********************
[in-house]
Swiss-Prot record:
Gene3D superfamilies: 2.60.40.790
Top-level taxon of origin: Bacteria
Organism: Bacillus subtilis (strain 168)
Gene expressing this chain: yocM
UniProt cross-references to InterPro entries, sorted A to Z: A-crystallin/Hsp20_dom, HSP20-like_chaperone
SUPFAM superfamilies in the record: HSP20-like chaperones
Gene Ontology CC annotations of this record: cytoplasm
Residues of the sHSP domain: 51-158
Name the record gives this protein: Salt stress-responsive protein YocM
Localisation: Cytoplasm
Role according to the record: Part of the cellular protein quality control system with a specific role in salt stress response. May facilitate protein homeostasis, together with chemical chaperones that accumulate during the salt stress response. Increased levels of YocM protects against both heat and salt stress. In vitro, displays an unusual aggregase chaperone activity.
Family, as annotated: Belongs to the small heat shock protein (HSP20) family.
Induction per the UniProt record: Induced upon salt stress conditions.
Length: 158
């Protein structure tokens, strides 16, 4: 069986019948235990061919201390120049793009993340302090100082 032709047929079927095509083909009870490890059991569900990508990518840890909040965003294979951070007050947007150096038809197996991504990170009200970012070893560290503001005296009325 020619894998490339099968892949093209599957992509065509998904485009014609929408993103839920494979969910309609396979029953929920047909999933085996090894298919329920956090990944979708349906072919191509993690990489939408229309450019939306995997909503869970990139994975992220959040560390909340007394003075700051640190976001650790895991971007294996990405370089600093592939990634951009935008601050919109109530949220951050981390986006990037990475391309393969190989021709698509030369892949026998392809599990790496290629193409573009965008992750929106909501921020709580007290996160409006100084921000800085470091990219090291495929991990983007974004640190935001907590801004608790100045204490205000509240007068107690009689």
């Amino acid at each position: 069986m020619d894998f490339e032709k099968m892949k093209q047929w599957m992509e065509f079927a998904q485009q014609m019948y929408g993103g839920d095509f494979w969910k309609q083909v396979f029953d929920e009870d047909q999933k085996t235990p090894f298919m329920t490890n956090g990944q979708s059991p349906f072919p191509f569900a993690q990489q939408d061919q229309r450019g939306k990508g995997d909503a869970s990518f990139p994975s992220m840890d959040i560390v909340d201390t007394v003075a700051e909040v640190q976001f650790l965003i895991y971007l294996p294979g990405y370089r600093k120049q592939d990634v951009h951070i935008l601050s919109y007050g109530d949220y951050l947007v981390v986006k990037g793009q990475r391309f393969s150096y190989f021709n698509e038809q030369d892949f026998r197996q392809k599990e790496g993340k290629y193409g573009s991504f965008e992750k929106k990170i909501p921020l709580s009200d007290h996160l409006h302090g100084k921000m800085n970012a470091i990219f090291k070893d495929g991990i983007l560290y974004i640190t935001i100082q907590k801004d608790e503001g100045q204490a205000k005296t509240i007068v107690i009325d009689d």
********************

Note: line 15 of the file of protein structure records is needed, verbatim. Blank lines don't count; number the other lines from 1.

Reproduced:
Induction per the UniProt record: Induced upon salt stress conditions.